May 19, 2014 | 2004 Harley Davidson FLHT - FLHTI Electra...

1 Answer

How do i replace rear brake pads on my 2002 hd fxdwg


After servicing the brakes in any way and before moving the motorcycle always pump the brakes to build brake system pressure and move the pistons and pads out against the brake rotor.

First remove the rear master cylinder reservoir cap and check the fluid level because as the pistons are pushed back into the caliper the fluid level will rise and you do not want it to overflow the reservoir and spill out and to avoid this you must remove sufficient fluid.
Second, loosen, but do not remove, both pad pins with a 12 point .025 inch socket wrench.
Thirdly pry the inside pad back using steady pressure and a sturdy scraper or large screw driver or similar suitable tool, prying between the pad and the brake disc in order to push the caliper pistons back into their bores.
Fourthly, once the pistons have been fully retracted into their bores, pull the pad pins out part way only until the inside pads drop free.Do not completely pull the pad pins out from the caliper at this time because completely removing the pad pins at this time will cause you unnecessary difficulty during re-assembly. ALSO carefully note and remember each pad's original orientation for so you can put the new pads into the correct position and orientation in the caliper. Note that the front left, and the front right (if the front right is present) and all of the rear brake calipers use the same exact brake pad set. Install the pad with two tabs on the inboard side of the rear caliper.
Fifthly install the new inside brake pad using the same orientation as the pad previously removed (with the curved portion of the pad facing the rear of the motorcycle.
Sixthly install the pad pins until the pins snap into place with an audible click but do not fully tighten them at this time.
Next pump the brake pedal lever to move the inside pistons out until they contact the inside brake pads and then pry the outside pad back to push the caliper pistons back into their bores and verify that the inside pads have been captured between the brake disc and the pistons. At this point you can completely remove the pad pins to free the outside brake pad. Again note the pad's original orientation for replacement purpose and orientation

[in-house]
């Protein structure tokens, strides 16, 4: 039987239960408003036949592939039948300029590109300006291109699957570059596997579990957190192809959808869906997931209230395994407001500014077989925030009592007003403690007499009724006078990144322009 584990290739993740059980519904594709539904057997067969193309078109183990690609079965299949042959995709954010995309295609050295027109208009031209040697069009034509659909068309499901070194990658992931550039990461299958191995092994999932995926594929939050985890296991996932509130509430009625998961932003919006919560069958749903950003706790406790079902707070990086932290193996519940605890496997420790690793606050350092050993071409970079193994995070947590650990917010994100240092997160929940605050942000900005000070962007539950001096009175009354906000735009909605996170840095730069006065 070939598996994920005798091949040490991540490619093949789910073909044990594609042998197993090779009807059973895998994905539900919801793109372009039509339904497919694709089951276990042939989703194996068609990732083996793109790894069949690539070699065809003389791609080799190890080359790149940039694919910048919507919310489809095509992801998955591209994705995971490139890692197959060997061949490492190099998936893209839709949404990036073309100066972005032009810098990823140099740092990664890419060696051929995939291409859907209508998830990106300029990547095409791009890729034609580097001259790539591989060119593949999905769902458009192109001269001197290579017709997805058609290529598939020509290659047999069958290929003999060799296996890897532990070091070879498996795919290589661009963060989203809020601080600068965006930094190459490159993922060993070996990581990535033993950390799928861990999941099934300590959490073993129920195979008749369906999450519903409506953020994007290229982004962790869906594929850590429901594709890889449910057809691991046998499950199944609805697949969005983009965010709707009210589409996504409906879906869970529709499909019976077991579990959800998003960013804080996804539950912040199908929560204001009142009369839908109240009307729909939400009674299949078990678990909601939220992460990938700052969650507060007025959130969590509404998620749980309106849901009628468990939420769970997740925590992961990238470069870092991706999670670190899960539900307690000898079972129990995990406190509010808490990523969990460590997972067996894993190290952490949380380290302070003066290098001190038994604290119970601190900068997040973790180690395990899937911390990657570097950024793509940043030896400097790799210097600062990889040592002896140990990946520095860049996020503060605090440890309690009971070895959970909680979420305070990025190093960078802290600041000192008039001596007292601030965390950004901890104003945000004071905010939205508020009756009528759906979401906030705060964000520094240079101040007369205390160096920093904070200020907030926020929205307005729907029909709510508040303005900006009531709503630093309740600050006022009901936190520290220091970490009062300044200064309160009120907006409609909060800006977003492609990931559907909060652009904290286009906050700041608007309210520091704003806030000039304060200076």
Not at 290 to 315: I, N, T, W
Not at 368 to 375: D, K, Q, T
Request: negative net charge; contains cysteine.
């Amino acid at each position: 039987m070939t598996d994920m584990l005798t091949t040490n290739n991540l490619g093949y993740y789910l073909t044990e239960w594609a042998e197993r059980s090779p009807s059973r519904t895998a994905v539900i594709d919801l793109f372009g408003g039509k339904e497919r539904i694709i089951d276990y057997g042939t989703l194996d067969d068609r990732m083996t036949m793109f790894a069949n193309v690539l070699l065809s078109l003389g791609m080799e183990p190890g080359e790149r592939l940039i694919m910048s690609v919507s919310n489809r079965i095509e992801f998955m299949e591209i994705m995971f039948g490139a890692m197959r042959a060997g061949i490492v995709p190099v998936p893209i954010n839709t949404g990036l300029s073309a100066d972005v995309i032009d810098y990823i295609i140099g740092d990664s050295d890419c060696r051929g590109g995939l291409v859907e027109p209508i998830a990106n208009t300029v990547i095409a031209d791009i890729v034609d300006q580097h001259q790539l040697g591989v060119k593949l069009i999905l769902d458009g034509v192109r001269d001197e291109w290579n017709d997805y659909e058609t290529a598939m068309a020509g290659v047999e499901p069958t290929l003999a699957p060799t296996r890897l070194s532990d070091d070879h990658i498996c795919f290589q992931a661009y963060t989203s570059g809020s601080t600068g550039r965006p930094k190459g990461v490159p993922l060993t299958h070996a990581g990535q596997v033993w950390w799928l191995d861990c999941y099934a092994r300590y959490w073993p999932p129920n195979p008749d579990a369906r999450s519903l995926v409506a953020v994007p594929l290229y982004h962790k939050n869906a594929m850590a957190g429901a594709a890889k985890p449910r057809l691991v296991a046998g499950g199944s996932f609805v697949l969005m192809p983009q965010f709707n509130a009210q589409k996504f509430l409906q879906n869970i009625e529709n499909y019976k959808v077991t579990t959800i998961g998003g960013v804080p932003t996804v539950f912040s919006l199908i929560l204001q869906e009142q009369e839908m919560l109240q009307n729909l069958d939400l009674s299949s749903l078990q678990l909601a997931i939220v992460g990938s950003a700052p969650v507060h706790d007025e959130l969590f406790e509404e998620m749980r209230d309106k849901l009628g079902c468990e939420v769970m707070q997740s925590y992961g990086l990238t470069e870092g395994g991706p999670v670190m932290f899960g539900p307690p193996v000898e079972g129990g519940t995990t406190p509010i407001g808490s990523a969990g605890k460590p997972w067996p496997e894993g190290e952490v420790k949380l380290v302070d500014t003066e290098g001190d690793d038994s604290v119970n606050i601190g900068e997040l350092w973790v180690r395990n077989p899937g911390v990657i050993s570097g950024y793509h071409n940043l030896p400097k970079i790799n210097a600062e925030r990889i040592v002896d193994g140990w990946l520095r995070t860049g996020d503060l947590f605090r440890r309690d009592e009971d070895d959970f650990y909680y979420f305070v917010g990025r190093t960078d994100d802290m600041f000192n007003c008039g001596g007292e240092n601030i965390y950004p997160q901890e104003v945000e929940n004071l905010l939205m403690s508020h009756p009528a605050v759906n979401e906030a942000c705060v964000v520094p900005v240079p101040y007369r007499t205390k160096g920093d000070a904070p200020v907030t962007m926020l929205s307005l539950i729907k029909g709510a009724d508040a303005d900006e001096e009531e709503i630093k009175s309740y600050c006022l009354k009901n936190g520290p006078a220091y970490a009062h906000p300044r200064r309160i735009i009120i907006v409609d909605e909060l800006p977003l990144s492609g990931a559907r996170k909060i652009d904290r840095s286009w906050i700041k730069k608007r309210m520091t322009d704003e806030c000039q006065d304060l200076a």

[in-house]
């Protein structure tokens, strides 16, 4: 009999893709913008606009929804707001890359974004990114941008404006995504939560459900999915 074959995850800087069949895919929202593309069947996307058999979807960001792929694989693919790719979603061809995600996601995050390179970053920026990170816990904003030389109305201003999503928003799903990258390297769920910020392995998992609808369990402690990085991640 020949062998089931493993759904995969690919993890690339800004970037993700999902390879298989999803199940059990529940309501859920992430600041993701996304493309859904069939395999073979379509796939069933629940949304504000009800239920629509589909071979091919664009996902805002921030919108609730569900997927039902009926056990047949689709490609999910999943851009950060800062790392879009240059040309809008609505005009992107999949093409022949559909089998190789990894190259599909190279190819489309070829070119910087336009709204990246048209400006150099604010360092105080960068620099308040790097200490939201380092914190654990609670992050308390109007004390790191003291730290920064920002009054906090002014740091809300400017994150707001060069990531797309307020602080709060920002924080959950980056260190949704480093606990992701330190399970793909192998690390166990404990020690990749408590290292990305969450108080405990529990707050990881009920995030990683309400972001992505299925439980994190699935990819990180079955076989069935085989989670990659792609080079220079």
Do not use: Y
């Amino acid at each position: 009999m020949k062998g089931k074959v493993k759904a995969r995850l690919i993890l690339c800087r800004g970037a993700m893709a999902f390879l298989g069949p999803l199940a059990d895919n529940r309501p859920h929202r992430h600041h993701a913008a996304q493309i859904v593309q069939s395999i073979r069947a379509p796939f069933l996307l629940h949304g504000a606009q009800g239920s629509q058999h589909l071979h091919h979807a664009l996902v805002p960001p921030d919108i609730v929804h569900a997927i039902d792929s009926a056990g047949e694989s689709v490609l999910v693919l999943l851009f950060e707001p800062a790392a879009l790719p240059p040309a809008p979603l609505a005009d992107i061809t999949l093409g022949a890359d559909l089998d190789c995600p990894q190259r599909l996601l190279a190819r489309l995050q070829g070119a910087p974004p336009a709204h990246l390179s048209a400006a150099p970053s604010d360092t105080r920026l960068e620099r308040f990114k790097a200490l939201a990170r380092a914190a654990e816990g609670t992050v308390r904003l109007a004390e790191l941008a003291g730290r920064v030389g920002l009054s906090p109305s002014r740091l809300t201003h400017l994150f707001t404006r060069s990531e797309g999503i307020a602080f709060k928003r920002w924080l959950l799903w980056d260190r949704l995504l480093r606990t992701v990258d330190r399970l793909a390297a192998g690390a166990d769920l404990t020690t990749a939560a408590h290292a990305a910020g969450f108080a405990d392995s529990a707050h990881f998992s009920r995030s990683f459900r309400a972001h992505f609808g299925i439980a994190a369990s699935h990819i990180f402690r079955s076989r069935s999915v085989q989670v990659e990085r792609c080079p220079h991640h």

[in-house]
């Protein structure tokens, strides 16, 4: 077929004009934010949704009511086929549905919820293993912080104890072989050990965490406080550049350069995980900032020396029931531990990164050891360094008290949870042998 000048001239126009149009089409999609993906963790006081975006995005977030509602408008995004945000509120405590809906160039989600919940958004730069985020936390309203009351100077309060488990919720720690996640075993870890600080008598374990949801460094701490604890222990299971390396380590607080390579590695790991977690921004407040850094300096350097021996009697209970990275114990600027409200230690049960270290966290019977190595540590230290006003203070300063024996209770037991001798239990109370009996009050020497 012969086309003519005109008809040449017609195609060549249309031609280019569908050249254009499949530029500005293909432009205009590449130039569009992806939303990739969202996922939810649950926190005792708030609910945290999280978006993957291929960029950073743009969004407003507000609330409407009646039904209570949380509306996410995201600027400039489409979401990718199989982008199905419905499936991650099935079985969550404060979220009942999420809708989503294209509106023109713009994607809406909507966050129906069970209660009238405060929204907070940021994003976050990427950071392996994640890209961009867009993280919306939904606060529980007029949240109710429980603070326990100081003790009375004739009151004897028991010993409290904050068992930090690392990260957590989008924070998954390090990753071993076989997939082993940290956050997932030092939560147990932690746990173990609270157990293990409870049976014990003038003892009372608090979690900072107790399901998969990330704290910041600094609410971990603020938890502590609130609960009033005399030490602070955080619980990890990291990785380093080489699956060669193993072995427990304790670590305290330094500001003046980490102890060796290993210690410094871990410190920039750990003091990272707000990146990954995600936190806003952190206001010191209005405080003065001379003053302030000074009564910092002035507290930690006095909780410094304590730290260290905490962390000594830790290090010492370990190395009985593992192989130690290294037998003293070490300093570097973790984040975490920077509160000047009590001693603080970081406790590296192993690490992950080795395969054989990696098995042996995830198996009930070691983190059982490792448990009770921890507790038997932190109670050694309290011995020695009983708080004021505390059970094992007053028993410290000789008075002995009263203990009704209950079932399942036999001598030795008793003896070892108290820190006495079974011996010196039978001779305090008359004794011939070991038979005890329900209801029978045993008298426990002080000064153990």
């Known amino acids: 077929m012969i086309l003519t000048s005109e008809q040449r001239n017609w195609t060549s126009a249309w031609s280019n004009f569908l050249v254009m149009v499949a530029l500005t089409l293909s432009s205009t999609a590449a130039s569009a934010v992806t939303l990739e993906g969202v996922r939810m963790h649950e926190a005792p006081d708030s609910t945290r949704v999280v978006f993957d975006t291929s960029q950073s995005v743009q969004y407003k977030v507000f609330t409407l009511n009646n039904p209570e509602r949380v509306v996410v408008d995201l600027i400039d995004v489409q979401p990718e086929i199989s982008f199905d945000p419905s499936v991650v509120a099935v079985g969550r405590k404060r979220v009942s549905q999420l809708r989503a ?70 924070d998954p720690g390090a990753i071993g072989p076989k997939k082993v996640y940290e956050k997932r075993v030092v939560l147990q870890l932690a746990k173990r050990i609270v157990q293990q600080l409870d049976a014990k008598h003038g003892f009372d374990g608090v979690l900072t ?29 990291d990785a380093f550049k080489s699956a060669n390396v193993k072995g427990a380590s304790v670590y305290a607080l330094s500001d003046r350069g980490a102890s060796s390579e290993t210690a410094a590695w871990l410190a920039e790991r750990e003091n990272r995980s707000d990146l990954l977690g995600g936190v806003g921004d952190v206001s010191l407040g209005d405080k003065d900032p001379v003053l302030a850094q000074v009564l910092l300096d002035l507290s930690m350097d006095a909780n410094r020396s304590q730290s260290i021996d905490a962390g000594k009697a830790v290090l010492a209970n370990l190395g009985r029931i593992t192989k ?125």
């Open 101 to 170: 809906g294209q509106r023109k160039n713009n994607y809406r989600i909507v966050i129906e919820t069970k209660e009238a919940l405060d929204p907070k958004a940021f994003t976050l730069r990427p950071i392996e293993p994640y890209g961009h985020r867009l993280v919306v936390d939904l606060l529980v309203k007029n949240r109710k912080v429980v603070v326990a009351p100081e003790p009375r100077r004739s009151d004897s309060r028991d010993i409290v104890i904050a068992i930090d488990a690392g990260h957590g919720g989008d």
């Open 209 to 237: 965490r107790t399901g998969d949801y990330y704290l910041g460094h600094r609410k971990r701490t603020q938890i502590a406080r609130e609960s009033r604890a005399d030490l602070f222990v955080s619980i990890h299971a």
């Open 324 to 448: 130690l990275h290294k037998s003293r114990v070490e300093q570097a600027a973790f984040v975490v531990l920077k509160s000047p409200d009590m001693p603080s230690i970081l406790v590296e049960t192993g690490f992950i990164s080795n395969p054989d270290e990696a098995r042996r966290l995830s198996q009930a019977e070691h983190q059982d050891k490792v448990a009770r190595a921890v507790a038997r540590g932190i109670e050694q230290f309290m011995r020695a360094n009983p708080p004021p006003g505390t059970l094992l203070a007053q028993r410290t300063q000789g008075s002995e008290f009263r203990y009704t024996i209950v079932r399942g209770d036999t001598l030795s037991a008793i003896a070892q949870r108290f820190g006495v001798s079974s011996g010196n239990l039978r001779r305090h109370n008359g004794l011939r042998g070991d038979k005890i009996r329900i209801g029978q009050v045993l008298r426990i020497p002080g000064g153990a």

.While the pad pins are out inspect them for grooving and wear and measure the pin diameter in an unworn area, and then in the area of any grooving or wear, and if wear is more than 0.015 in. (0.38mm), replace both pins.
THEN install the new outside brake pad using the same orientation as the pad previously removed and if the inside pad moved during the previous step, reinstall it with the curved portion of the pad facing the rear of motorcycle.
THEN install both pad pins through holes in the inner and outer brake pads and tighten them to 180-200 in-lbs which is (20.3-22.6 Nm).
THEN pump the brake pedal to move the pistons out until they contact both of the brake pads and verify the correct piston location against the pads.
THEN check the brake fluid level in master cylinder and fill it up to the correct level if necessary using ONLY D.O.T. 5 SILICONE BRAKE, install the master cylinder reservoir cap and tighten the reservoir cap screws to 6-8
in-lbswhich is (0.7-0.9 Nm).
WHEN the bike is completely back together test the brakes at low speed in a safe area and also confirm that the brake light works properly and if the brakes feel at all spongy bleed them properly until a hard not spongy brake pedal is obtained. AND avoid making hard stops for the first 100 miles (160 km) to allow the new pads to condition to the brake rotors.

May 10, 2014 | Harley Davidson FXDWG Dyna Wide Glide...

1 Answer

How do i change rear brakes pads on a 2002 hd fxdwg ?


DO NOT REMOVE THE WHEEL AND DO NOT SPLIT THE CALIPER.

After servicing the brakes in any way and before moving the motorcycle always pump the brakes to build brake system pressure and move the pistons and pads out against the brake rotor.

First remove the rear master cylinder reservoir cap and check the fluid level because as the pistons are pushed back into the caliper the fluid level will rise and you do not want it to overflow the reservoir and spill out and to avoid this you must remove sufficient fluid.
Second, loosen, but do not remove, both pad pins with a 12 point .025 inch socket wrench.
Thirdly pry the inside pad back using steady pressure and a sturdy scraper or large screw driver or similar suitable tool, prying between the pad and the brake disc in order to push the caliper pistons back into their bores.
Fourthly, once the pistons have been fully retracted into their bores, pull the pad pins out part way only until the inside pads drop free.Do not completely pull the pad pins out from the caliper at this time because completely removing the pad pins at this time will cause you unnecessary difficulty during re-assembly. ALSO carefully note and remember each pad's original orientation for so you can put the new pads into the correct position and orientation in the caliper. Note that the front left, and the front right (if the front right is present) and all of the rear brake calipers use the same exact brake pad set. Install the pad with two tabs on the inboard side of the rear caliper.